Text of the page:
Wednesday, November 28, 2012

Why Section 66 A of the must be scrapped by the apex court.

            The recent arrest of Shaheen Dhada and Renu Srinivasan, in Mumbai, for expressing their dissent over the shutting down of normal activity in the metropolis has provoked anger. While the police action has given rise to a demand that Section 66 A of The Information Technology Act, 2000, is scrapped forthwith, there is a view that it is sufficient to qualify the section with adequate checks against its indiscriminate use. Those arguing for a mere qualification and opposed to the scrapping the section outright rest their case on the manner in which Section 124A of the Indian Penal Code was defined as Constitutional by the Supreme Court in the Kedarnath case.
            It is idle to argue, on this day, that Section 124A is not abused. Binayak Sen, apart from hundreds of poor adivasis, whose only crime is that they stand up in defence of the Constitutional scheme as outlined in the Fifth Schedule, are facing charges under this law. And so are many hundreds of our citizens in Idinthakarai in Tamil Nadu and elsewhere. All these are happening even after the Supreme Court laid down the extant of Section 124A as early as in 1961: That the law shall apply only where an expression is clearly intended to, or having the tendency, to create disorder or disturbance of public peace by resort to violence. That Dr.Sen obtained bail, after a couple of years in the Raipur jail while the several hundred poor and patriotic men and women are still in jail should convince that draconian laws must be scrapped forthwith than qualified.
            Section 66A of the IT Act, 2000, incidentally was an afterthought (and inserted into the act by an amendment in December 2008). This was also the case with Section 124A of the IPC. A provision to this effect was there in the IPC as proposed in 1860 but Lord Macaulay argued against it. He had succeeded too. However, it was inserted into the code only a decade after the Code came into existence (by an amendment act in 1870) and invoked against Bal Gangadar Tilak and Mahatma Gandhi by the British administration. And even after Kedarnath Singh was acquitted in 1962, abuse of the provision continues to be the norm until now.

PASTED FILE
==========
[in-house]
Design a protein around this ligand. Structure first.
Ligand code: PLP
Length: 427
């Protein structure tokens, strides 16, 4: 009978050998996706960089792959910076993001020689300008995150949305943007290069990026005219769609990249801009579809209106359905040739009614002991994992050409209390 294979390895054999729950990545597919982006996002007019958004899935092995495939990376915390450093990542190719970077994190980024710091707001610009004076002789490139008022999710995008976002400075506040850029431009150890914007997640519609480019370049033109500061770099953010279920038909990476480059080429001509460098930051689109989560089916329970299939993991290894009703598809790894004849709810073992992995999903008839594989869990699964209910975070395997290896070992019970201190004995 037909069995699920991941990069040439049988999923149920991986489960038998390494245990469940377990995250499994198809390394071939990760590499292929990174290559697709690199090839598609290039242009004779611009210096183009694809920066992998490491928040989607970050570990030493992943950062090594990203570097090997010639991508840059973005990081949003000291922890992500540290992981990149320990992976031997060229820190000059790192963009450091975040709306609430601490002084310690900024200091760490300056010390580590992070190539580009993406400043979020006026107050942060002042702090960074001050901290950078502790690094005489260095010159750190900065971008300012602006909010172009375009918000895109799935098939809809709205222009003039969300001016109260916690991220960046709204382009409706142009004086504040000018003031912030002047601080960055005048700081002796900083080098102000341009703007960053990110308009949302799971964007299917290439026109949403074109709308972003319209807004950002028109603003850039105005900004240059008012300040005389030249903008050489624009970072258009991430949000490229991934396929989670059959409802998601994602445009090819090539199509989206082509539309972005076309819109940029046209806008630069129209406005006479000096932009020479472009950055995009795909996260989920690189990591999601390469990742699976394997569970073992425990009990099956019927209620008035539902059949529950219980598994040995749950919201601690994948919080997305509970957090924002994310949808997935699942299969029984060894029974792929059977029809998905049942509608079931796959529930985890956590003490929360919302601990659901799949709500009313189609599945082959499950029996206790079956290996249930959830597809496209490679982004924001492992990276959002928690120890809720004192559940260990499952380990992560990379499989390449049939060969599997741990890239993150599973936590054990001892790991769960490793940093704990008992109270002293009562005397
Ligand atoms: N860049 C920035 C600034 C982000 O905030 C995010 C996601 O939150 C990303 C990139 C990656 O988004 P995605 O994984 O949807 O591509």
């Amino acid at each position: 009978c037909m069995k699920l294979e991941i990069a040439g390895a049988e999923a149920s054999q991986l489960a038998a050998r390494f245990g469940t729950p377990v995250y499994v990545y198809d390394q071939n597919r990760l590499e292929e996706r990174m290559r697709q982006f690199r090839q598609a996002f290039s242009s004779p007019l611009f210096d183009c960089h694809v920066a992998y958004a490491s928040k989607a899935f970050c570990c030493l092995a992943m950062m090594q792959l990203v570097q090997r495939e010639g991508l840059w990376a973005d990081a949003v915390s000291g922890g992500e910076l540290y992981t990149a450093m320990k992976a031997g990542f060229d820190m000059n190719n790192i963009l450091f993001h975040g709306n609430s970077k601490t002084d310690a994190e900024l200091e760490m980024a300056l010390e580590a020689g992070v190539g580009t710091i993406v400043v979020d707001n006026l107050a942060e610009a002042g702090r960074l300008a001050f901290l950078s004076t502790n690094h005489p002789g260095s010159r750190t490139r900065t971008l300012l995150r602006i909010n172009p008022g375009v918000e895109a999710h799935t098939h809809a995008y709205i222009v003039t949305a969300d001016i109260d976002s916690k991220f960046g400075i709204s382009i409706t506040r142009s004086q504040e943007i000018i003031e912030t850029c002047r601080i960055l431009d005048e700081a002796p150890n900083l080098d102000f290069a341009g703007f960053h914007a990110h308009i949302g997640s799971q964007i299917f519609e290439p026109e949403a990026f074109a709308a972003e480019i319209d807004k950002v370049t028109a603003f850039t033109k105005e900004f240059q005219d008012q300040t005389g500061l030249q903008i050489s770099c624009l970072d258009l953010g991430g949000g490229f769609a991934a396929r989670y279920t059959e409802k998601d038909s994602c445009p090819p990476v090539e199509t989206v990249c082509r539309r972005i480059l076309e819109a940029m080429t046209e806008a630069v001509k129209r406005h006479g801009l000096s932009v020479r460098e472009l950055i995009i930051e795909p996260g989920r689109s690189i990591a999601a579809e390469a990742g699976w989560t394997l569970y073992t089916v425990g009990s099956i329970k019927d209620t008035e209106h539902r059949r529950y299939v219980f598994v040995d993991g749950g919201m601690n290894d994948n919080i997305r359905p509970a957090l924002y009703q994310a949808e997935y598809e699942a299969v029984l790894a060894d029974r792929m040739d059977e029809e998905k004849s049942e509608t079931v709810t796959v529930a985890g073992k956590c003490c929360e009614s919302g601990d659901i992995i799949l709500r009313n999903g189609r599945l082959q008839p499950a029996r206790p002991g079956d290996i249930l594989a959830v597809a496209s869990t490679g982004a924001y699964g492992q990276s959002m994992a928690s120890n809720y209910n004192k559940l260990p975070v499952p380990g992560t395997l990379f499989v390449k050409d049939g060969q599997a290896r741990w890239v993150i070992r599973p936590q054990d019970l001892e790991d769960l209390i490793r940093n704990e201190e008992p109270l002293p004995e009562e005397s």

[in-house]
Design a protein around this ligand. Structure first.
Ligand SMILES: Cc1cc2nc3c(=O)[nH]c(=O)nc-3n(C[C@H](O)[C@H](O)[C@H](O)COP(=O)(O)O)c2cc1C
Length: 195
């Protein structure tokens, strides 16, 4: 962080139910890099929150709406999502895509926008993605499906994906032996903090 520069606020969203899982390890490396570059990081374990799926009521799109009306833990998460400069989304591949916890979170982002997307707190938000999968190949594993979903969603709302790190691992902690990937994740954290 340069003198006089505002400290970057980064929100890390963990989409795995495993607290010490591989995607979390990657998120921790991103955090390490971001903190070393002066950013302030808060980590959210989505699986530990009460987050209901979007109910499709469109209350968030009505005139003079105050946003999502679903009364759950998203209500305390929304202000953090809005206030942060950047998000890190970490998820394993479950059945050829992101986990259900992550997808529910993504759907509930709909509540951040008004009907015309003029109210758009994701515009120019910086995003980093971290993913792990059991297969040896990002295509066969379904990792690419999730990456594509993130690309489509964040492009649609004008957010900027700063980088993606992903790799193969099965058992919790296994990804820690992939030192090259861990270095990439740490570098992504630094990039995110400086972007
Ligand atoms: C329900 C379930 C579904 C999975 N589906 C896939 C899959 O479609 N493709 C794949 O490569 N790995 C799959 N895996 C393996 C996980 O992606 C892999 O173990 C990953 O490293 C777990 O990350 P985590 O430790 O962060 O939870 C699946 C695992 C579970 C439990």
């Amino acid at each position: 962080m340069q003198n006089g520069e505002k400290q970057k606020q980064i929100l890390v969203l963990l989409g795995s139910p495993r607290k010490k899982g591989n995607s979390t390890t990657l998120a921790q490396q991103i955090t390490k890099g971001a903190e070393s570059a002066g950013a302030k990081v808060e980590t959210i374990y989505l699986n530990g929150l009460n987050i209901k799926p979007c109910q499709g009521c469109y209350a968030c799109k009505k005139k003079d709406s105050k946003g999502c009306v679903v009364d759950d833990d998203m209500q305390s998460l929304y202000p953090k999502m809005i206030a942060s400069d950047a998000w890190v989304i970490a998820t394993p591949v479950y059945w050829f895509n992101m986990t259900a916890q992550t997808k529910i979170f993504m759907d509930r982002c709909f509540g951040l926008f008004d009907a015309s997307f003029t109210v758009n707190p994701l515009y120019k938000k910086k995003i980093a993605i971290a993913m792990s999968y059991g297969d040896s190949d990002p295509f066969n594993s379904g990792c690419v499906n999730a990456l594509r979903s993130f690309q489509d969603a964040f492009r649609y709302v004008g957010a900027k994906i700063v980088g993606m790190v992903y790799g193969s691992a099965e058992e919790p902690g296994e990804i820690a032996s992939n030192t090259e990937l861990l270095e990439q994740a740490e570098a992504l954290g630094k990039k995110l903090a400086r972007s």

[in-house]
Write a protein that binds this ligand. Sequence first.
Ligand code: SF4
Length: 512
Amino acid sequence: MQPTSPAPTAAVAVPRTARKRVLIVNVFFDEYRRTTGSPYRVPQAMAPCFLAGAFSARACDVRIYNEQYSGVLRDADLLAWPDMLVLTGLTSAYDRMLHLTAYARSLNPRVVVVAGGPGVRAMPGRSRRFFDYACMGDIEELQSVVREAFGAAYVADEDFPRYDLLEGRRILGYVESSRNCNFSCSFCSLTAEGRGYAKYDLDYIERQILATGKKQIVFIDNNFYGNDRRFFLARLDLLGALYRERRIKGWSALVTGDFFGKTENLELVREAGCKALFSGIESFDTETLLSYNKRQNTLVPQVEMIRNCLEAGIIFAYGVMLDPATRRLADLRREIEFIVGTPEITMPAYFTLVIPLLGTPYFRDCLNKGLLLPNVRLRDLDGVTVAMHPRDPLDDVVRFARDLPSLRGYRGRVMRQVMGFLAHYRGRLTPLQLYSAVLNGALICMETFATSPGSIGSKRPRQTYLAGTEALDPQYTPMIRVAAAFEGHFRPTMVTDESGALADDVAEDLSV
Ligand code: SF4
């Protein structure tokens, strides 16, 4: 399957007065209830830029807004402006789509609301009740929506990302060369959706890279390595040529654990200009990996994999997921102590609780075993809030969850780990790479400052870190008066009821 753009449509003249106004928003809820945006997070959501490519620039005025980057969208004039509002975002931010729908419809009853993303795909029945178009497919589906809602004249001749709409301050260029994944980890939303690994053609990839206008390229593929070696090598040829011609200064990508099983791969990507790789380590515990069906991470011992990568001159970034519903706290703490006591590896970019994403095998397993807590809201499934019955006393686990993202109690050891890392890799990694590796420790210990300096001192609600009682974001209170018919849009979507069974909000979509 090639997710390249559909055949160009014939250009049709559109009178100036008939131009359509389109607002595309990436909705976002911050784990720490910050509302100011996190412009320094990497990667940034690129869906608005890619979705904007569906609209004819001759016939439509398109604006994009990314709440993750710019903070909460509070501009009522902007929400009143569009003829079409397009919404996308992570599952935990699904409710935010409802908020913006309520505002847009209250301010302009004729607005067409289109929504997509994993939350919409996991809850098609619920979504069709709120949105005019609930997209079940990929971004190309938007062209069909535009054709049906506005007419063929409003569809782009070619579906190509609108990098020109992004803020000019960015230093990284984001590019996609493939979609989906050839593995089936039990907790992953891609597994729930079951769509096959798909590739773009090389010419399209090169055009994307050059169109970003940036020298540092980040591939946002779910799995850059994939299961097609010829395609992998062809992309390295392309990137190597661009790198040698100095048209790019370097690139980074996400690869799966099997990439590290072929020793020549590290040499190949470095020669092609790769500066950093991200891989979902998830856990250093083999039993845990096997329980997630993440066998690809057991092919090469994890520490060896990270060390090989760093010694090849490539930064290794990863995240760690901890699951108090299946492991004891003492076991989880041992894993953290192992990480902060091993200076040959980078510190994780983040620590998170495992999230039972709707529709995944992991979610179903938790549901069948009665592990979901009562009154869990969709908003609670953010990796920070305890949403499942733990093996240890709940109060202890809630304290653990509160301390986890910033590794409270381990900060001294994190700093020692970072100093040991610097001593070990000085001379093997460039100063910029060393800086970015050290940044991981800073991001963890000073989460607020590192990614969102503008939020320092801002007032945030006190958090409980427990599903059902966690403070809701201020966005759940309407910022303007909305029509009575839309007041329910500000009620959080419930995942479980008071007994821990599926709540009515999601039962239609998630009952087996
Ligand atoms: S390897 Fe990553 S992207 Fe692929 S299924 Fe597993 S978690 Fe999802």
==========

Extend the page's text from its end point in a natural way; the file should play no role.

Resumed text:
Section 66A of the IT Act, meanwhile, does not belong to the same class as Section 124A of the IPC which is archaic and brought in by the colonial regime then under siege. The 2008 amendment to criminalise dissent in the virtual domain was enacted by those who are known to celebrate the advances in the IT sector as the greatest liberating tool in the history of modern democracy. Those at the helm in our times are indeed fans of Thomas Friedman’s conclusion that the world wide web has rendered the world flat. In his celebrated book, brought out in 2005, Friedman argues, without much depth, that this process of flattening had rendered the world into a democracy more than any other development of the past.
            Even if one considers Friedman’s work as bereft of analysis, the fact is that the majority in Parliament that passed the 2008 amendment to the IT Act are known to celebrate the work and its conclusion. Manmohan Singh and his colleagues, as much as a majority in the opposition are strong votaries of the ICT revolution has strengthened democracy position and that the world is far freer than it was. And yet, if Section 66A was inserted, which criminalized any act of sending messages through the internet that is `grossly offensive’ or `has menacing character’, was inserted into the act, the intention was clearly to curb dissent.